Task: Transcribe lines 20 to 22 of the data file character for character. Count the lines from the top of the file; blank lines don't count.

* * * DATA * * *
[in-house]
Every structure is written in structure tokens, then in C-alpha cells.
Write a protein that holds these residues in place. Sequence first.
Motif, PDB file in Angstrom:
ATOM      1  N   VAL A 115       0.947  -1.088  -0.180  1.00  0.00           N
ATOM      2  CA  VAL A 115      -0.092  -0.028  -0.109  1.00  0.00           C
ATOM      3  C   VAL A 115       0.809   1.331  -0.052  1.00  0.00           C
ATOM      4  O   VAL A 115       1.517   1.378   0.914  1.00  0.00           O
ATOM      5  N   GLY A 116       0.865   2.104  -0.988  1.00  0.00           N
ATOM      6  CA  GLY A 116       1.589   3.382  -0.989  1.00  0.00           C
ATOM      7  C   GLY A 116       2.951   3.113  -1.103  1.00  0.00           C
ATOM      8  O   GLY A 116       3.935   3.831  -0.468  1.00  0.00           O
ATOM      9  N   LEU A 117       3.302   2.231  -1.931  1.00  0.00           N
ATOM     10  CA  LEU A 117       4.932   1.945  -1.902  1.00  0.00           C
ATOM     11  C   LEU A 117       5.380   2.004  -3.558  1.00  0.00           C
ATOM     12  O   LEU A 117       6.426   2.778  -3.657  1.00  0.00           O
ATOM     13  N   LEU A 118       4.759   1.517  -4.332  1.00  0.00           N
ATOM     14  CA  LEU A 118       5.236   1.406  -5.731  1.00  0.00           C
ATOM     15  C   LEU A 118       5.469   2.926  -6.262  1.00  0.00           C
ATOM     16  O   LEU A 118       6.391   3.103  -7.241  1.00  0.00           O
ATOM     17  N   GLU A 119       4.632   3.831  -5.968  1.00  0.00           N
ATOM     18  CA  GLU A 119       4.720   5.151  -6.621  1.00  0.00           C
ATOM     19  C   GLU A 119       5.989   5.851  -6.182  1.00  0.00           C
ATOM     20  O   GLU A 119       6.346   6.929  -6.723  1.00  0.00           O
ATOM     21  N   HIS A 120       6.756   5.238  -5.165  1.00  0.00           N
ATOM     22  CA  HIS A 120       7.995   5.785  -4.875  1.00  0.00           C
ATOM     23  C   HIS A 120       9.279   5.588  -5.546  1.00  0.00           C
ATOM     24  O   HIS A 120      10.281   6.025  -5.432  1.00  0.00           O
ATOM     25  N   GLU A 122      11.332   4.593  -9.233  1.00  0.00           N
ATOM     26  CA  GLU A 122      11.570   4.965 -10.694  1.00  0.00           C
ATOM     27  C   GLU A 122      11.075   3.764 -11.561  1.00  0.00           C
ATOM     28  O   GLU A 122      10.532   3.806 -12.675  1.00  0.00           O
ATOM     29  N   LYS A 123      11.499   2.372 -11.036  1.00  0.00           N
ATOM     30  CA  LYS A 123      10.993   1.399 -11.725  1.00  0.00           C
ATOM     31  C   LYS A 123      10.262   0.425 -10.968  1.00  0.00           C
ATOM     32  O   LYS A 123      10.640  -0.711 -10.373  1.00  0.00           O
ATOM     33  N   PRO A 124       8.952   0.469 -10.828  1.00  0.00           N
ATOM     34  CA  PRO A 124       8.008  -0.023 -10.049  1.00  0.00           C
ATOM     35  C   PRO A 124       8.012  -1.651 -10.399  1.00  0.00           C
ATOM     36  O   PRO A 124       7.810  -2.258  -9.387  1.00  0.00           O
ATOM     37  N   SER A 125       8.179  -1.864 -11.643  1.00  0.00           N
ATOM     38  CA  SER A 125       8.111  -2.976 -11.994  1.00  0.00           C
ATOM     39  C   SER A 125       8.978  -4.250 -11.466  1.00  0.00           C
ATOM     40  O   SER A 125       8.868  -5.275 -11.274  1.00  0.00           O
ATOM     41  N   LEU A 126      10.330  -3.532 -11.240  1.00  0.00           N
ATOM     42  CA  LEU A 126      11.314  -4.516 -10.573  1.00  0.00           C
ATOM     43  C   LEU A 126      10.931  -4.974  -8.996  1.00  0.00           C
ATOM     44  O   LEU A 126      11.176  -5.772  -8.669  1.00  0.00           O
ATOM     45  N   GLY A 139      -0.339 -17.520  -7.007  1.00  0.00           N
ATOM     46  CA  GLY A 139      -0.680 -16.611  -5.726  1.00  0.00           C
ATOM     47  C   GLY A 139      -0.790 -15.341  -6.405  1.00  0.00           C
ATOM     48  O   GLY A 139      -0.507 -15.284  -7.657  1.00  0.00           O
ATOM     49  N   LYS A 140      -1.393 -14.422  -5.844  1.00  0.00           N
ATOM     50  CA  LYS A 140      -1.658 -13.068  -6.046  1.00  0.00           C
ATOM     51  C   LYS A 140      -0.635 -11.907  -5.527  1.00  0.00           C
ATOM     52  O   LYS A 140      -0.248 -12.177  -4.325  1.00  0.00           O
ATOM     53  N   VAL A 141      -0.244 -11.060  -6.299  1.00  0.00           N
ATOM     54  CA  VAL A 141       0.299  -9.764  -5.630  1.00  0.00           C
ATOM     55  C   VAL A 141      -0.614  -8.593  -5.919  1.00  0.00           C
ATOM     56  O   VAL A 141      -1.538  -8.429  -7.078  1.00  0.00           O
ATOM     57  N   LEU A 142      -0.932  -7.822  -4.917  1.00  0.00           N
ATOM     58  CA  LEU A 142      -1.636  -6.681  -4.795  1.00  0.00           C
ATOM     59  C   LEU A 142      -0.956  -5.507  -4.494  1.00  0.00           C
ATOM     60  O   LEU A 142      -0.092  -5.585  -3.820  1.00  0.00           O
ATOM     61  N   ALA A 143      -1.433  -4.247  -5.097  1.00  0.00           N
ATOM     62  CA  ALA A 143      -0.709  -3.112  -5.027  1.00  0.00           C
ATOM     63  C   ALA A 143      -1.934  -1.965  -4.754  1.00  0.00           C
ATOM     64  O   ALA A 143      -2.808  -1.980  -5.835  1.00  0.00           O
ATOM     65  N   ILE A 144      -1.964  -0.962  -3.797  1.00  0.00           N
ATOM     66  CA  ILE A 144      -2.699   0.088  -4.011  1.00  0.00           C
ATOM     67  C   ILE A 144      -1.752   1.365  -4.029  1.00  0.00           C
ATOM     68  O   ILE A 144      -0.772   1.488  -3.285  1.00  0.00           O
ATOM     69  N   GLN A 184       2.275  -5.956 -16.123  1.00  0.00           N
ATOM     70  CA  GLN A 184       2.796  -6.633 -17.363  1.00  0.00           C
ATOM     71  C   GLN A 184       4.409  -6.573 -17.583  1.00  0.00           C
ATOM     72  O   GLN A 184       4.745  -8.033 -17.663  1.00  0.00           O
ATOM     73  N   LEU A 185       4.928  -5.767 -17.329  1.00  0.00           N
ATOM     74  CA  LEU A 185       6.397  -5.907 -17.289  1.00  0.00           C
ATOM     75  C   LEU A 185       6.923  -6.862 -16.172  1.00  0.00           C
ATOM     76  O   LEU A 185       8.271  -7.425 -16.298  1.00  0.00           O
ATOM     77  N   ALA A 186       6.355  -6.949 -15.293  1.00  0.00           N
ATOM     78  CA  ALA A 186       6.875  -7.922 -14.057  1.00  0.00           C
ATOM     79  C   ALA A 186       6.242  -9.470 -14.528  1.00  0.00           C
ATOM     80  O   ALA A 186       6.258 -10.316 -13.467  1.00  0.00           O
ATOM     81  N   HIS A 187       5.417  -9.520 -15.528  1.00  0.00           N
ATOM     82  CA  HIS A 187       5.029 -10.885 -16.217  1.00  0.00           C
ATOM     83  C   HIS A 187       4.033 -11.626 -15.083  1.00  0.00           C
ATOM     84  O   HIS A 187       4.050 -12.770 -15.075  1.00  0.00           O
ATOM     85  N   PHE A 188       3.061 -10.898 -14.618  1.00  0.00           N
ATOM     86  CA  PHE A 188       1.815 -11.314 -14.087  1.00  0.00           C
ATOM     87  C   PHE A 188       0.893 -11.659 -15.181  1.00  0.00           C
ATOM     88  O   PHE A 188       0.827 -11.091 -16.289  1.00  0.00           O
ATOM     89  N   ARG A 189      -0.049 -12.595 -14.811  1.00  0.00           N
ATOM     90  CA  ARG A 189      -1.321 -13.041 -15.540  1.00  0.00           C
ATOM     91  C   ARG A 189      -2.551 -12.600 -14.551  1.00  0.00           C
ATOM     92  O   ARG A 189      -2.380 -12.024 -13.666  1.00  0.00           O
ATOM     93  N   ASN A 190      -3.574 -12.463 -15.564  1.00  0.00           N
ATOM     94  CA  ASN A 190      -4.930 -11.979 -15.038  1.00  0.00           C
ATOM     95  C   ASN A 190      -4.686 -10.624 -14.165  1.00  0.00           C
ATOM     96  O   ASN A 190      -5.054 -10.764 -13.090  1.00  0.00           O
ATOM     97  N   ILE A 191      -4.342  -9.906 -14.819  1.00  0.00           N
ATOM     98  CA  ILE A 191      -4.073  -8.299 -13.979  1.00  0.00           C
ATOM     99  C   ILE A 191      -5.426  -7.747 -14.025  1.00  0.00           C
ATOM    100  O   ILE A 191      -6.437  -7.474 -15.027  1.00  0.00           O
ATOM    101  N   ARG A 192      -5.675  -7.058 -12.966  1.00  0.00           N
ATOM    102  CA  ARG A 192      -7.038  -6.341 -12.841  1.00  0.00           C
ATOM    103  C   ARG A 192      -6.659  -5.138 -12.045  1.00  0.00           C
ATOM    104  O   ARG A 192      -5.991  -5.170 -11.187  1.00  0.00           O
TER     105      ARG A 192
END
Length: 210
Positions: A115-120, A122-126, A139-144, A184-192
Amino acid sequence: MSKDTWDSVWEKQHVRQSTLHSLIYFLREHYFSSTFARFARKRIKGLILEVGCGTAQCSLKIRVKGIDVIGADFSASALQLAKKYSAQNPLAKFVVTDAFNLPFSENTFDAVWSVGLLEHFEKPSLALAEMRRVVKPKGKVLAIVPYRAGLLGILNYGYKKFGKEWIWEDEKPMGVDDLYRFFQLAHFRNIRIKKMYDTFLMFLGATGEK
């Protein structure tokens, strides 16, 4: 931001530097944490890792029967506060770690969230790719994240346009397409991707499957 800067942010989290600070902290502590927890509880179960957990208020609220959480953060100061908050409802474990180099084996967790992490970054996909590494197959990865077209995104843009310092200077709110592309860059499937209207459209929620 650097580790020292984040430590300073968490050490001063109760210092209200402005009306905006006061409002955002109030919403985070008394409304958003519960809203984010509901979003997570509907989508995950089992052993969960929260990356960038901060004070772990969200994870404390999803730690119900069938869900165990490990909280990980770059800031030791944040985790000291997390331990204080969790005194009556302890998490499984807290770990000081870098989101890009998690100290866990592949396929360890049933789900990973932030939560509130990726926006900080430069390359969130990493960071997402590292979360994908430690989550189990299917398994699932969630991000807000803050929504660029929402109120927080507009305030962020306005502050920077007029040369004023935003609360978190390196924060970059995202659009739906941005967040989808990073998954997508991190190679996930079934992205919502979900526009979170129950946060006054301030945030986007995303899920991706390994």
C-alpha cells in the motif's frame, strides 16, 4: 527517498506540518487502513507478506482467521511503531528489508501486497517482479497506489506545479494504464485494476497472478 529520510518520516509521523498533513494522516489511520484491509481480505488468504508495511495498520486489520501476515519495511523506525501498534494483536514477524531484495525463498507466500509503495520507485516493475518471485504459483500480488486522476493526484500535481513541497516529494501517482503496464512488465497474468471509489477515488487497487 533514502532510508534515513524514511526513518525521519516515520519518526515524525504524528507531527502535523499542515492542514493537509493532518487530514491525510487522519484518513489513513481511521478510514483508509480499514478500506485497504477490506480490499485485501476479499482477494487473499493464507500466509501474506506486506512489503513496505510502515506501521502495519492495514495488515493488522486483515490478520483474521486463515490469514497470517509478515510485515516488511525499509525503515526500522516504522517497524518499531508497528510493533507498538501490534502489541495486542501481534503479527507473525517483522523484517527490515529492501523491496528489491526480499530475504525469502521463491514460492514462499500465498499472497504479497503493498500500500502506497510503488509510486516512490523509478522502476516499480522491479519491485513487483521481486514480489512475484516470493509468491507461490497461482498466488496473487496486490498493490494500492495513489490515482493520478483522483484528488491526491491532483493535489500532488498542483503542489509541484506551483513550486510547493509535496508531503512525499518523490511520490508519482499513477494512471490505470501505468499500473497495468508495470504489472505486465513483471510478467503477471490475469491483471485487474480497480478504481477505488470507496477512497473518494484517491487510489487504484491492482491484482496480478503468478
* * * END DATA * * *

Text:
ATOM     16  O   LEU A 118       6.391   3.103  -7.241  1.00  0.00           O
ATOM     17  N   GLU A 119       4.632   3.831  -5.968  1.00  0.00           N
ATOM     18  CA  GLU A 119       4.720   5.151  -6.621  1.00  0.00           C